Love and Free Will

Abstract

Many think that love would be a casualty of free will skepticism. I disagree. I argue that love would be largely unaffected if we came to deny free will, not simply because we cannot shake the attitude, but because love is not chosen, nor do we want it to be. Here, I am not alone; others have reached similar conclusions. But a few important distinctions have been overlooked. Even if hard incompatibilism is true, not all love is equal. Although we have only minimal control over love, it can be more or less authentic. I develop my position by considering the fictional trope of love potions and the implications of a futuristic psychotropic, Lovezac—Viagra for the heart. But I am not as optimistic as some. Even though free will skepticism would not jeopardize love-the-feeling, there are reasons to think that loving relationships might not be immune.

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Aaron Smuts
Rhode Island College

Citations of this work

Skepticism About Moral Responsibility.Gregg D. Caruso - 2018 - Stanford Encyclopedia of Philosophy (2018):1-81.
Strawson’s modest transcendental argument.D. Justin Coates - 2017 - British Journal for the History of Philosophy 25 (4):799-822.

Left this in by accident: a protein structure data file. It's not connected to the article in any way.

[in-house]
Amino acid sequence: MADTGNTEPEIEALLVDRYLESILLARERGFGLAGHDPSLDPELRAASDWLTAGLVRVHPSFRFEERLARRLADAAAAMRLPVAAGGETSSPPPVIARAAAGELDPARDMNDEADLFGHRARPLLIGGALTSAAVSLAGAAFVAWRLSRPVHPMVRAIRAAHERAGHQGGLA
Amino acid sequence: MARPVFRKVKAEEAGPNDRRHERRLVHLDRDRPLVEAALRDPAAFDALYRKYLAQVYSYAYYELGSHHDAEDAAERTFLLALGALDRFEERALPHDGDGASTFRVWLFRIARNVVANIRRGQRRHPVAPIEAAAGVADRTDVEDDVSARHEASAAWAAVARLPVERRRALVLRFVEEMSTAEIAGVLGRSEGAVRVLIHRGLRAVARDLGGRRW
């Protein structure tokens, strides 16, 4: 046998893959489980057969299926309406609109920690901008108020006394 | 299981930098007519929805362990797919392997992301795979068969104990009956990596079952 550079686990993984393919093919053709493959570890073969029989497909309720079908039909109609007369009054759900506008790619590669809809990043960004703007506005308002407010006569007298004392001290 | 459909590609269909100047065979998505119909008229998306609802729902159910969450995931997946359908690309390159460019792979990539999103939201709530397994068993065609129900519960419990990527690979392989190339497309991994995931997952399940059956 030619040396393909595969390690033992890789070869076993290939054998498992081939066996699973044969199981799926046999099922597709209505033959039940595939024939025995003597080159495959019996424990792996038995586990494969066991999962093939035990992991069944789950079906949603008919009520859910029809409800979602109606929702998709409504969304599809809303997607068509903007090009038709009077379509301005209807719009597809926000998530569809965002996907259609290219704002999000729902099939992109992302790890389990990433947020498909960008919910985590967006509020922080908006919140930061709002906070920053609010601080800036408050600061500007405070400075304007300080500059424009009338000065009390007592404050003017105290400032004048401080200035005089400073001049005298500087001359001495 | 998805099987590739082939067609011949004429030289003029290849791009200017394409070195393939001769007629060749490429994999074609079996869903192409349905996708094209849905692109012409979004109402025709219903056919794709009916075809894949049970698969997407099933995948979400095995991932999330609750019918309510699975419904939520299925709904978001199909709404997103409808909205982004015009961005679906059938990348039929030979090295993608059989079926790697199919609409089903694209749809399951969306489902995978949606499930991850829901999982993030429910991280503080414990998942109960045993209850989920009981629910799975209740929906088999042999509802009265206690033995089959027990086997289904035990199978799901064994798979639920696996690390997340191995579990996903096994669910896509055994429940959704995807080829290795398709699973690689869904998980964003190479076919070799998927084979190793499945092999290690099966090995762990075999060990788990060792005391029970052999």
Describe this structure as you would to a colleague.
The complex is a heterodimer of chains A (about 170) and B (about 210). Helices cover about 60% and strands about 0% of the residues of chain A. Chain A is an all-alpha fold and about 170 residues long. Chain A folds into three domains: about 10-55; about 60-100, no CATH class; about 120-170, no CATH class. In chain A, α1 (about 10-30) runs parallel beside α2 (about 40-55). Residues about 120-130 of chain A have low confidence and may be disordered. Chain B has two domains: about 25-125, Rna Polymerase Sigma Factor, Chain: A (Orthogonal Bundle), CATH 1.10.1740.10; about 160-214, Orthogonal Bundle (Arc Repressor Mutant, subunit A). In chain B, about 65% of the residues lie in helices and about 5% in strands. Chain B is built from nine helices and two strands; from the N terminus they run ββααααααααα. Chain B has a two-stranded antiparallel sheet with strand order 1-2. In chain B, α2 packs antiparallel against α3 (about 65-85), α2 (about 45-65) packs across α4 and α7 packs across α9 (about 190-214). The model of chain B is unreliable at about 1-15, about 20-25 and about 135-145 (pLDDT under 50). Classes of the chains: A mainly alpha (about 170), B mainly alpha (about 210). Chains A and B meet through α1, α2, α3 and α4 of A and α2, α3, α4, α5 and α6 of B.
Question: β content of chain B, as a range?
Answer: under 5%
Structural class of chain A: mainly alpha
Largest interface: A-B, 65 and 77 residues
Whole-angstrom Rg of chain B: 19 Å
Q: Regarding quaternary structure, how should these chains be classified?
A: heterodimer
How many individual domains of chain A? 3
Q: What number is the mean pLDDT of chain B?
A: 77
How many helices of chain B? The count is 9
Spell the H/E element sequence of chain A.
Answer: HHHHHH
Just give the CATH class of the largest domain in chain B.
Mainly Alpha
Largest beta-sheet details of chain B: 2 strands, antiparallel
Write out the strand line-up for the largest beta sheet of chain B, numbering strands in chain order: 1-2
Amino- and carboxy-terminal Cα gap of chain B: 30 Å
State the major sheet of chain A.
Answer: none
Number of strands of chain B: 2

Hard incompatibilism and the participant attitude.D. Justin Coates - 2019 - Canadian Journal of Philosophy 49 (2):208-229.

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References found in this work

Responsibility and Control: A Theory of Moral Responsibility.John Martin Fischer & Mark Ravizza - 1998 - New York: Cambridge University Press. Edited by Mark Ravizza.
Freedom and Resentment.Peter Strawson - 1962 - Proceedings of the British Academy 48:187-211.
Freedom of the will and the concept of a person.Harry G. Frankfurt - 1971 - Journal of Philosophy 68 (1):5-20.
The Significance of Free Will.Robert Kane - 1996 - New York, US: Oxford University Press USA.

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